The input-output component (IOC) consists of a module for adding, updating, visualizing and monitoring the values of data elements (MAUVMVDE) of a database and module for creating and editing of relationships between the values of the data elements (MCERBVDE).

Database contains three types of metadata: metadata for describing data elements (attributes) (DDE), which describes the name, type and size of the attribute, and the decimal places of the numerical attributes; metadata for describing the relationships between data elements (DRBDE), which contains the name of the previous attribute, relationship name, relationship degree and the name of the next attribute; metadata for describing relationships between values of data elements (DRBVDE). The metadata is stored in files with elements of type records and of type one dimensional or two dimensional array. The values of data elements (VDE) are stored in file of type records.

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The knowledge base contains dictionaries, directories and the grammar: dictionary of nonterminal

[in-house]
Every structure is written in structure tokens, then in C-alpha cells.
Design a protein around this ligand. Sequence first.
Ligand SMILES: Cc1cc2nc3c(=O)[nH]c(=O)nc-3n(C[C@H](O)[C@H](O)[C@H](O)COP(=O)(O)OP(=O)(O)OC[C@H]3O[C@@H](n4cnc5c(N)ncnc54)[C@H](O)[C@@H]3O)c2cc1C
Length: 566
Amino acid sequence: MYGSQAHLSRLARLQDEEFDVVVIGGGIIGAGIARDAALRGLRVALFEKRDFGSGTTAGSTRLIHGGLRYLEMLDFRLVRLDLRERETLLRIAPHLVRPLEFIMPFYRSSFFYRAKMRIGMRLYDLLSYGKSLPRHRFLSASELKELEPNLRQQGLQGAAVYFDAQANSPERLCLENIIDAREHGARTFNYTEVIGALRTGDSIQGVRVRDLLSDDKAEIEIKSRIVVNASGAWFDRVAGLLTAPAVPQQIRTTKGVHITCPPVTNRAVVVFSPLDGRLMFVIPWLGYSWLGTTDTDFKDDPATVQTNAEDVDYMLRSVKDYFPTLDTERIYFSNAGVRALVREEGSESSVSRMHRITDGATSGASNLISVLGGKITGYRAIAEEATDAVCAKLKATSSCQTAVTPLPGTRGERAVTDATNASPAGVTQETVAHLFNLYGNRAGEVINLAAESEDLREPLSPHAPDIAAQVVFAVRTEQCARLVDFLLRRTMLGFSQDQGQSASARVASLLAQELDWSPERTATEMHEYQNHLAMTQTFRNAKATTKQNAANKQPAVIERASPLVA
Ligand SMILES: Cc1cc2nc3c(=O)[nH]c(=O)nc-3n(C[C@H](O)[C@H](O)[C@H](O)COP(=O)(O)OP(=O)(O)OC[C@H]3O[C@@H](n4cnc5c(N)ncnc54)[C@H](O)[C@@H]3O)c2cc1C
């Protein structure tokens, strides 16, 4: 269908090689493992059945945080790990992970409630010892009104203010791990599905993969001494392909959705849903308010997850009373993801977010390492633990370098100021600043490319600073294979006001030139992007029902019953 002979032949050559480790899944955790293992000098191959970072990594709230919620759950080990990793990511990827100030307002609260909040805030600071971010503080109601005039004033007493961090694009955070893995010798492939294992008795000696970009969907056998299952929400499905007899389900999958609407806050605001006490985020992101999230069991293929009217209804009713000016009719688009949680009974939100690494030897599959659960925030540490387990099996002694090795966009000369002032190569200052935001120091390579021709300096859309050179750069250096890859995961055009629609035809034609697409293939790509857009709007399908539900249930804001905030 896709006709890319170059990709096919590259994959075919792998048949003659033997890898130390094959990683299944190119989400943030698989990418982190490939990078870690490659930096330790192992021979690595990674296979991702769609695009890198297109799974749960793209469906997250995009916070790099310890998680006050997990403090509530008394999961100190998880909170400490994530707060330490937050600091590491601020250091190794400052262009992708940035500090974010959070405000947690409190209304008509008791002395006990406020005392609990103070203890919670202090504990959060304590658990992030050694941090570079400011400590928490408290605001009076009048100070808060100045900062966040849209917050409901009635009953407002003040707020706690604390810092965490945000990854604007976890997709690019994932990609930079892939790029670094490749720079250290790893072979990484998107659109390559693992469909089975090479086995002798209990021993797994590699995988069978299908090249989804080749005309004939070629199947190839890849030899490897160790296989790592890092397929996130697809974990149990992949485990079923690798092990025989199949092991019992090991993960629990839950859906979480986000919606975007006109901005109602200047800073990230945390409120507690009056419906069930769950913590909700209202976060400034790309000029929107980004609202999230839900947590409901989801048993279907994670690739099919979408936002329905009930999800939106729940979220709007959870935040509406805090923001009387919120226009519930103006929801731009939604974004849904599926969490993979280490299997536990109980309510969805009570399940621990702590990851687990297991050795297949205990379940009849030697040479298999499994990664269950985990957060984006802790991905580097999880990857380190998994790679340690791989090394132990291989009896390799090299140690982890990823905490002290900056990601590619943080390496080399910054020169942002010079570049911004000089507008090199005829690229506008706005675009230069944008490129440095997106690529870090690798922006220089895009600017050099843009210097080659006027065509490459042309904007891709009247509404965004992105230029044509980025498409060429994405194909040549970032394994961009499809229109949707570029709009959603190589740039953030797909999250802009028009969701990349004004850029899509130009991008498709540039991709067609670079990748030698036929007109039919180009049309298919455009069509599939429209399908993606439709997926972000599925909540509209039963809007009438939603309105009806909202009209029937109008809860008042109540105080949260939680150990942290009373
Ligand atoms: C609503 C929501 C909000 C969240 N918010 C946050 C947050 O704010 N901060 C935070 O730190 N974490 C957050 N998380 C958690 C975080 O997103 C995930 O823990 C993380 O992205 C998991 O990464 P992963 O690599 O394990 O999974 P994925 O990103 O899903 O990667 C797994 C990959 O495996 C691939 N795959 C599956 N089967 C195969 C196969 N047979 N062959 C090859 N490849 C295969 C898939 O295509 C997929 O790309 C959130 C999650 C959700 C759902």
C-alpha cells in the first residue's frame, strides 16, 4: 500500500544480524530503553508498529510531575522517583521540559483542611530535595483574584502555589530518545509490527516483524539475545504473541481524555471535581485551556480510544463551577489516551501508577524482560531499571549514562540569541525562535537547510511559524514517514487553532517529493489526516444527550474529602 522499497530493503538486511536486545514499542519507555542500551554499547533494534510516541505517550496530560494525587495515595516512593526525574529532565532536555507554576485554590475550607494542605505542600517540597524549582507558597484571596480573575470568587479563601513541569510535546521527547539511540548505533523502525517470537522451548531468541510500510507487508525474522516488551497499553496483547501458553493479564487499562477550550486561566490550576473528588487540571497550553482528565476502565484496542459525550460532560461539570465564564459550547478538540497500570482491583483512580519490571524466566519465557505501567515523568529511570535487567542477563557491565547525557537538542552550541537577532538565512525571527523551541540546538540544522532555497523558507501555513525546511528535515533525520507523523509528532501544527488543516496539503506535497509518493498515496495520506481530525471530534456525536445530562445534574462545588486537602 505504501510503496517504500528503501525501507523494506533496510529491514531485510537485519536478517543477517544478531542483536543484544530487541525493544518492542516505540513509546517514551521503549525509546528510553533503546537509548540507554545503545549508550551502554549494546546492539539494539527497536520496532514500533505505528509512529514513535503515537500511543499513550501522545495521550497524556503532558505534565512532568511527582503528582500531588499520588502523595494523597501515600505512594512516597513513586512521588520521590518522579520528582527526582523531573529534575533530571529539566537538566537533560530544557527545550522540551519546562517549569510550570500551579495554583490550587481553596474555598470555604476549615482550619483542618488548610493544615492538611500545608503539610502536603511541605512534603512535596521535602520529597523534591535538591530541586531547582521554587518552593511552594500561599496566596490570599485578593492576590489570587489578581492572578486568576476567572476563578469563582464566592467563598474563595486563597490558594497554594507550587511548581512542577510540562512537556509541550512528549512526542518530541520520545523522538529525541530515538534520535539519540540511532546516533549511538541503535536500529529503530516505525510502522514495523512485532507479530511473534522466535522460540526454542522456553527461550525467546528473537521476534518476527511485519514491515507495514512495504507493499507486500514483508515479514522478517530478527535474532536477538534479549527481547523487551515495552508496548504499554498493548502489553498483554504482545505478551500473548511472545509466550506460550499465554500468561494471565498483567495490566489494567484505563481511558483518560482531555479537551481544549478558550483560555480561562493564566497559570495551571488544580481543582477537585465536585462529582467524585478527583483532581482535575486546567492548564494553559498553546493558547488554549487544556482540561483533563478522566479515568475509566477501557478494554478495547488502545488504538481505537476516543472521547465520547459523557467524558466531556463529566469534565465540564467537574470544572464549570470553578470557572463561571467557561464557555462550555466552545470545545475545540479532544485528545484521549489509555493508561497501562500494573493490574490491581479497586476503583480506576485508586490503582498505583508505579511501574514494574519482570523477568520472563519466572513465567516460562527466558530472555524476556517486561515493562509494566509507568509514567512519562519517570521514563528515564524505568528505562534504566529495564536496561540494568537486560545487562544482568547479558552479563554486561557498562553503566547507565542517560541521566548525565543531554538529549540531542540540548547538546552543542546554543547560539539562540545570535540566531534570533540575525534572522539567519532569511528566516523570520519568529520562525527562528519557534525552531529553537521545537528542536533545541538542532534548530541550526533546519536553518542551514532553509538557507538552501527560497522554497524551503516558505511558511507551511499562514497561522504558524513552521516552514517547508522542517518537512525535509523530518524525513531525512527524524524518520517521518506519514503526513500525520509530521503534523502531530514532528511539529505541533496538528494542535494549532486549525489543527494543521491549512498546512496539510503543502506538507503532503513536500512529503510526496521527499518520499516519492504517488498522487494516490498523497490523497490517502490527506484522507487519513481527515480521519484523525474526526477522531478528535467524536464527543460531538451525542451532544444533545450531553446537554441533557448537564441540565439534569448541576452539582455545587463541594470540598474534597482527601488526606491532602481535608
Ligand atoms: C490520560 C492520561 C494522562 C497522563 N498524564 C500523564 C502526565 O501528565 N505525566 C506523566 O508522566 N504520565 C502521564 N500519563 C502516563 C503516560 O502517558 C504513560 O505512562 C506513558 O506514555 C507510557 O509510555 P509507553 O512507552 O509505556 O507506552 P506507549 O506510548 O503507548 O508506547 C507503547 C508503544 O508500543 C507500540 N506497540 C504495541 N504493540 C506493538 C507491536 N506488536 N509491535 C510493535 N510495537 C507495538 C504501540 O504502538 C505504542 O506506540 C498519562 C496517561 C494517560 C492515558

symbols (DNTS), dictionary of interrogative pronouns and imperative words of the

language (DIPIWL); dictionary of logical words (DLW); dictionary of various ratio symbols (DVR); directory of relationship degree (DDR); directory of relationship names (DRN); the grammar of the NL queries (GNLQ). The dictionaries and directories are stored in files. Dictionaries are a set of rules, which defines strings of characters as language elements (for example lexical units, etc.) and assign these elements to a category, which in this case are interrogative words, imperative words, attributes, names of relationships between attributes, various ratio symbols, and logical words. Directories contain knowledge that allows pointing where the stored data are located, how to address them, what their internal representation is and how to access them. Grammar in this case is a set of rules that determinate which of the combination of NL query elements is correct and which is not and identify what the NL query construction type is.